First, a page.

• for active-active configurations, two subscriptions are defined for each table, one for each direction
    • in this example, conflicts are detected but their resolution is not enforced (asnclp defaults). Conflicts may arise if an update on SITE1 conflicts with an update on SITE2.
    • the 'from node' clause in this example specifies not to load SITE2 before replicating change data. This is because the db2sampl command populates SITE2 with data. In active-active configurations, this is often a best practice (configuring a site for active-active often includes loading it with data before starting replication).

 

Third Script: The activeqchk.asnclp File
  
The asnclp script performs MQ validation checks for your Q Replication configuration. These checks ensure that the proper queue managers, queues, channel definitions and queue properties are defined.

 

asnclp session set to q replication ;
set run script now stop on sql error on ;

set server capture to DBALIAS SITE1 ;
set server target to DBALIAS SITE2 ;
validate wsmq environment for capture schema ;
validate wsmq environment for replqmap "SITE1.ASN_TO_SITE2.ASN" ;

set server capture to DBALIAS SITE2 ;
set server target to DBALIAS SITE1 ;
validate wsmq environment for capture schema ;
validate wsmq environment for replqmap "SITE2.ASN_TO_SITE1.ASN" ;

You can also download the contents of the file here: activeqchk.asnclp 
 

--

*In steps R1-R4, if you are running Windows 7 and you are not running as Administrator, you will get an authorization error when starting Q Capture (Windows 7 will request the authorization explicitly) and Q Apply (message number ASN0507E).  To resolve this error, run the DB2 command windows as Administrator.
 

 

 

Views: 10978

Comment

You need to be a member of ChannelDB2 to add comments!

Join ChannelDB2

Comment by Shiva Shankar on May 6, 2015 at 12:41am

Hi Cecile

Thanks for a nice article, it was very helpful.

Regards

Shiva Shankar

Comment by Murali Chava on January 28, 2014 at 1:07am

Hi Cecile,

I was a newbie to Q replication, just started my career with DB2 this tutorial which you have posted is soo good clearly remarkable easy in the net and i interpreted and learnt a lot with this tutorial .. I have exactly followed your steps struck with few errors resolved them and now the data is perfectly replicating as given here... Thank you very much for this tutorial..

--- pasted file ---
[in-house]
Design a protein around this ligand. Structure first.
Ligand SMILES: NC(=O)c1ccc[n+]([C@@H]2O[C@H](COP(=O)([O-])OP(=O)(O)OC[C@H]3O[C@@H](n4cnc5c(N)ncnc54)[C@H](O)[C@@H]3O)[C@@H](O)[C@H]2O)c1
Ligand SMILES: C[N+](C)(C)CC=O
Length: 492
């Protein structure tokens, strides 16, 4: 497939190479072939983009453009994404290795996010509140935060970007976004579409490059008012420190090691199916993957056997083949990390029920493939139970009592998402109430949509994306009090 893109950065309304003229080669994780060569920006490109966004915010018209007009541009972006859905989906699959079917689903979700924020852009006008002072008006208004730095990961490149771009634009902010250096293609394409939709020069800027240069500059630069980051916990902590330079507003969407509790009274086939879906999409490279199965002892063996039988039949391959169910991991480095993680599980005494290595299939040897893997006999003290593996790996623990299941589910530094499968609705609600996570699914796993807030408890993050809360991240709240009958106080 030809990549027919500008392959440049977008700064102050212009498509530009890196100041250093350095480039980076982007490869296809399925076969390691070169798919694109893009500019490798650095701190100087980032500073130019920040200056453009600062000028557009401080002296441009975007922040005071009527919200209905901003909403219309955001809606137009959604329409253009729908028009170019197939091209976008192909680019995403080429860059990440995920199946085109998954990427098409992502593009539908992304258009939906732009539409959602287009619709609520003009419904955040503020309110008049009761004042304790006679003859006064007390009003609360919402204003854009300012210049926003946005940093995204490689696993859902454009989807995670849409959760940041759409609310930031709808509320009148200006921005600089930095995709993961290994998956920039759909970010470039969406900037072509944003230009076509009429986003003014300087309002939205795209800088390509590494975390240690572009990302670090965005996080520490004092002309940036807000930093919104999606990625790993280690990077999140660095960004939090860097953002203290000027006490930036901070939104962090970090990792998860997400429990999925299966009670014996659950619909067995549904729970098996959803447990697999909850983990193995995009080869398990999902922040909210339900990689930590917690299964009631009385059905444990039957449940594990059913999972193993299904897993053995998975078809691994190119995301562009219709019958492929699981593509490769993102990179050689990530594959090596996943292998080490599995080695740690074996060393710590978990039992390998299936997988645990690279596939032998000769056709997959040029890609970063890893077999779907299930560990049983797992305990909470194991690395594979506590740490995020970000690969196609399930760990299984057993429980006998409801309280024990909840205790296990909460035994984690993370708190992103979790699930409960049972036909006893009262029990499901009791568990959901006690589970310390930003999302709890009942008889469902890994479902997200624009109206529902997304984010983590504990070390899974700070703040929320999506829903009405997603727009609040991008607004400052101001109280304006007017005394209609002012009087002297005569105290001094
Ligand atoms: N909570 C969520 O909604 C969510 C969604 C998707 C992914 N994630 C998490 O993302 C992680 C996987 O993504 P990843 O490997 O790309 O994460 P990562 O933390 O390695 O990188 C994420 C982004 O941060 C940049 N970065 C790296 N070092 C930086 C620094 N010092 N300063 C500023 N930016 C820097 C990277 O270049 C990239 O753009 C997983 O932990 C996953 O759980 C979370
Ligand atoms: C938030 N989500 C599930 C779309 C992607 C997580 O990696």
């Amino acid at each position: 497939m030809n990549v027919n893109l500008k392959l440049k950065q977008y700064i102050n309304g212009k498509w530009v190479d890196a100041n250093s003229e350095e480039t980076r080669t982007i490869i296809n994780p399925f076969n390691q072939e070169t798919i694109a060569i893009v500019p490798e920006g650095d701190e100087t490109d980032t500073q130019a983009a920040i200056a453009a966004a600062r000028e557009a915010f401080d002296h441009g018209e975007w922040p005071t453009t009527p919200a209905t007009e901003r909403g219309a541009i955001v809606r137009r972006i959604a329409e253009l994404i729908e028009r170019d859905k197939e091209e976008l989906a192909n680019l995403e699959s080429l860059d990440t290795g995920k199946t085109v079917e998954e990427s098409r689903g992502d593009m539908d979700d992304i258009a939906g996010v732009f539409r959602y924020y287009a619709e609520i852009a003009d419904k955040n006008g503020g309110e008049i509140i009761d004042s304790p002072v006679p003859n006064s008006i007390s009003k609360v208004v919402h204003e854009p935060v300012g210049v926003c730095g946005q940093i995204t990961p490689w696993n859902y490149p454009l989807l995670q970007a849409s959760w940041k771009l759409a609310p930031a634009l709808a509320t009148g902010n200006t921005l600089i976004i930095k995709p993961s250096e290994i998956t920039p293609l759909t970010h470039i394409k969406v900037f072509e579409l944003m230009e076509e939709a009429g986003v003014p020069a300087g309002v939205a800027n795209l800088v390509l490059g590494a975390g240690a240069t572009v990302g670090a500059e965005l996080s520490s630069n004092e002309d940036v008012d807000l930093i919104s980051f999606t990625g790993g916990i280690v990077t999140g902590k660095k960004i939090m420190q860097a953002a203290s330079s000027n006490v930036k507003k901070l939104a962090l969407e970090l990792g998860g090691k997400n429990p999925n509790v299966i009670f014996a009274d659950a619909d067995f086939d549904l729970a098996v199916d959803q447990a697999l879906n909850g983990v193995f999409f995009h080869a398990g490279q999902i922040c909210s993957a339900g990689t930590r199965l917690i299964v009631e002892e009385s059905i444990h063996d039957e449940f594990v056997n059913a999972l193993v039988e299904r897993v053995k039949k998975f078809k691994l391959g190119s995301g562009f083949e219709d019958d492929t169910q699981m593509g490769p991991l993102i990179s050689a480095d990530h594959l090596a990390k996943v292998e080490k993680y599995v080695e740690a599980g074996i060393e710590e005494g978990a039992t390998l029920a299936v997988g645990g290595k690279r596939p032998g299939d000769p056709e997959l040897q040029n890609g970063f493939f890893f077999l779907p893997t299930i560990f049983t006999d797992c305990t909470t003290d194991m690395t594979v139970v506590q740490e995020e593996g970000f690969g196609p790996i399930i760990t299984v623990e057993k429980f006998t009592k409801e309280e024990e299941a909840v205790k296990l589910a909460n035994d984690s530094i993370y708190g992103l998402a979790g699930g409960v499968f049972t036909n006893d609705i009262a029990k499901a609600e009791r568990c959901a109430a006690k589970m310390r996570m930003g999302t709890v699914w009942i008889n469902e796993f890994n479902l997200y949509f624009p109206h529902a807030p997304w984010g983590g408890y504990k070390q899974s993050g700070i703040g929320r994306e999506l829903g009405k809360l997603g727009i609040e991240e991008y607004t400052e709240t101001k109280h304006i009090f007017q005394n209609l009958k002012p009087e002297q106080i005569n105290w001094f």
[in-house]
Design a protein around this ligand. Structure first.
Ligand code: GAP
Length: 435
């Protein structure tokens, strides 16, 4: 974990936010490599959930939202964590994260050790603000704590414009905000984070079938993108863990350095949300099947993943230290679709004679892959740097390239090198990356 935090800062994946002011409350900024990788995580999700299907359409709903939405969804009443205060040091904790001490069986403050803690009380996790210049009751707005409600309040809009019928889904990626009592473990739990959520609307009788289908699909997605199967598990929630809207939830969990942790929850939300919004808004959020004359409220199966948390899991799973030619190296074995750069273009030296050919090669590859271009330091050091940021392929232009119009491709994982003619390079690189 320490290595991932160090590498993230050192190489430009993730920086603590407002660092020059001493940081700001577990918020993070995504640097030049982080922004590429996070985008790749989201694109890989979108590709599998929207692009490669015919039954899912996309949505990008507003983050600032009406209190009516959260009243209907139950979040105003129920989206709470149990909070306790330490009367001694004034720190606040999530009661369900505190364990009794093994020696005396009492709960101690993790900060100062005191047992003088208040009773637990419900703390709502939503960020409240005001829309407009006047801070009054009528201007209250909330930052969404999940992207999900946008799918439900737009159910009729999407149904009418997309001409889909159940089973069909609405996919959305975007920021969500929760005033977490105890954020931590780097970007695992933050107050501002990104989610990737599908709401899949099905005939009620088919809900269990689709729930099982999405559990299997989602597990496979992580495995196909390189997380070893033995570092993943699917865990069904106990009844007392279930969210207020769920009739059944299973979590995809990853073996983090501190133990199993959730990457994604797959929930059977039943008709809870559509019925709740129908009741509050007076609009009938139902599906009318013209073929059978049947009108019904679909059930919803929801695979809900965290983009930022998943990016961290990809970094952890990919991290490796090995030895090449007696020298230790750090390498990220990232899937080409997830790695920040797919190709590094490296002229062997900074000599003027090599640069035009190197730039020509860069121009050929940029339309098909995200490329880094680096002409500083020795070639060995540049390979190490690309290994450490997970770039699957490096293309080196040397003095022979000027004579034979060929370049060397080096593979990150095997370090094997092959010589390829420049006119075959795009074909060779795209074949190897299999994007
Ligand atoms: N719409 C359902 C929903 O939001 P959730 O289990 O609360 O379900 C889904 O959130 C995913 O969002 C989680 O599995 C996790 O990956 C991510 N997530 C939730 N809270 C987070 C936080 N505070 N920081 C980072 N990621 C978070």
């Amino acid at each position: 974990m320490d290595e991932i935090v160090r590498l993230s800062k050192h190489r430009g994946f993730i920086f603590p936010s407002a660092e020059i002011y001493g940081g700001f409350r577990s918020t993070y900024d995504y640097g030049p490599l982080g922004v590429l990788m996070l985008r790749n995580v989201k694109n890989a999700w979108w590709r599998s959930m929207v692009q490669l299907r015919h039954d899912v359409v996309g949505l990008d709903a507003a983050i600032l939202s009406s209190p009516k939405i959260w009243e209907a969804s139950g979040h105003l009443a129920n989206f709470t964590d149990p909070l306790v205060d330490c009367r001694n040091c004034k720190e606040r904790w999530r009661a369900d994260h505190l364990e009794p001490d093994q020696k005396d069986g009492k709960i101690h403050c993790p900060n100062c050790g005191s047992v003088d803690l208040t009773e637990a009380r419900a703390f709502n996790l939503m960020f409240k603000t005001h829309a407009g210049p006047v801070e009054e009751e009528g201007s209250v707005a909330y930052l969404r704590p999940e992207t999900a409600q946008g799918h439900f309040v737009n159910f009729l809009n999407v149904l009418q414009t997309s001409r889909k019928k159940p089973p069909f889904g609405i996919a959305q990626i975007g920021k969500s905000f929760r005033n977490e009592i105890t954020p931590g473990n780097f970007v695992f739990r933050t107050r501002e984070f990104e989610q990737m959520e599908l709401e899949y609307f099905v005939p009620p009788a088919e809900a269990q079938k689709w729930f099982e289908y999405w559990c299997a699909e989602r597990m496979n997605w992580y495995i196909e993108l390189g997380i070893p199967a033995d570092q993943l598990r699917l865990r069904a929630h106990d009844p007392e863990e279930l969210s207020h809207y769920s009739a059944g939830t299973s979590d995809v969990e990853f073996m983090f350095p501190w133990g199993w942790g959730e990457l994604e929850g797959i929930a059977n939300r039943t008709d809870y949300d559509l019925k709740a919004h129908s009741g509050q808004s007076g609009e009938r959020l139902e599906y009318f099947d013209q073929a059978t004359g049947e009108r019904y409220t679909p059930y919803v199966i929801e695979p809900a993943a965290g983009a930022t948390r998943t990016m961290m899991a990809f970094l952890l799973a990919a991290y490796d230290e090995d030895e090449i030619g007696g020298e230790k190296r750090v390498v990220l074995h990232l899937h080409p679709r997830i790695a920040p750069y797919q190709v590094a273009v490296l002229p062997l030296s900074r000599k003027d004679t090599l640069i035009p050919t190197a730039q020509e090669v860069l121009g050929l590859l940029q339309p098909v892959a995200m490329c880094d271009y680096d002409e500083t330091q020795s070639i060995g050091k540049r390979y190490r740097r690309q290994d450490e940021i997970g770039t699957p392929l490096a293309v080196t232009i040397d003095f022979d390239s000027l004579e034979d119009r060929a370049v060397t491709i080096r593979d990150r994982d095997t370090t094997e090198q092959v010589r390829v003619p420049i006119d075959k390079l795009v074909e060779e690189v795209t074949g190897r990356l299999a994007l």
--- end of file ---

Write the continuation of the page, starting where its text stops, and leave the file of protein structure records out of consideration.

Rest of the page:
Thanks again Cecile.

Regards,

Murali Chava.

Comment by Pramod on September 6, 2013 at 7:25am

Thank you Cecile. Its a very helpful blog.

I'm failing at the verify step for active-active on Unix server(both DB on same instance).

I've put the fenced userid in mqm group, in spite of that its still failing? Can you please help.

ASN2270E  The stored procedure "SYSPROC.ASN_ADMIN_UTIL" in database "PSLV002D" is not authorized to access the WebSphere MQ queue manager "tiera7aded1 - PSLV002D" because the operating system user ID "test101f", which is the DB2 fenced user of the instance that contains this database, is not a member of the operating system group for WebSphere MQ applications (usually mqm) at the host "XXXXXX"

Comment by Cecile Madsen on October 18, 2012 at 5:39pm

Short reminder on the DB2 fixpack requirement: this blog takes advantage of enhancements made to the Replication product in DB2 FP4 so make sure to use that DB2 fixpack level or above when you try the scenario...

Comment by Cecile Madsen on October 8, 2012 at 4:48pm

Hello,

Thanks for the comment. I updated the section 'Running on Separate Systems' to clarify how to create the SITE1 database on system 1 and the SITE2 database on system 2. Since asnclp commands will be issued on system 1, I also describe how to catalog the SITE2 database on system 1 so that asnlp can connect to it. That should fix your problem..

Comment by hatran on October 7, 2012 at 10:50pm

Hello Cecile Madsen !

Thanks for very clear your post

I'm newbie Q replication. I running with two separate linux systems. I created 2 DB2 database SITE 1 & SITE2 in each server. When I  run second scripts at 6 step

asnclp -f activeqset.asnclp

get error

ASN2022E  The action ended in error. An SQL error was encountered. SQL message is "[jcc][4038][12241][3.62.56] T2LUW exception: SQL1013N  The database alias name or database name "SITE2" could not be found.  SQLSTATE=42705

ERRORCODE=-1013, SQLSTATE=42705".

 

I think need config node on each server. Do you help me?

Thanks

Featured Downloads

Try BLU Acceleration on Cloud

© 2017   Created by channeldb2.   Powered by

Badges  |  Report an Issue  |  Terms of Service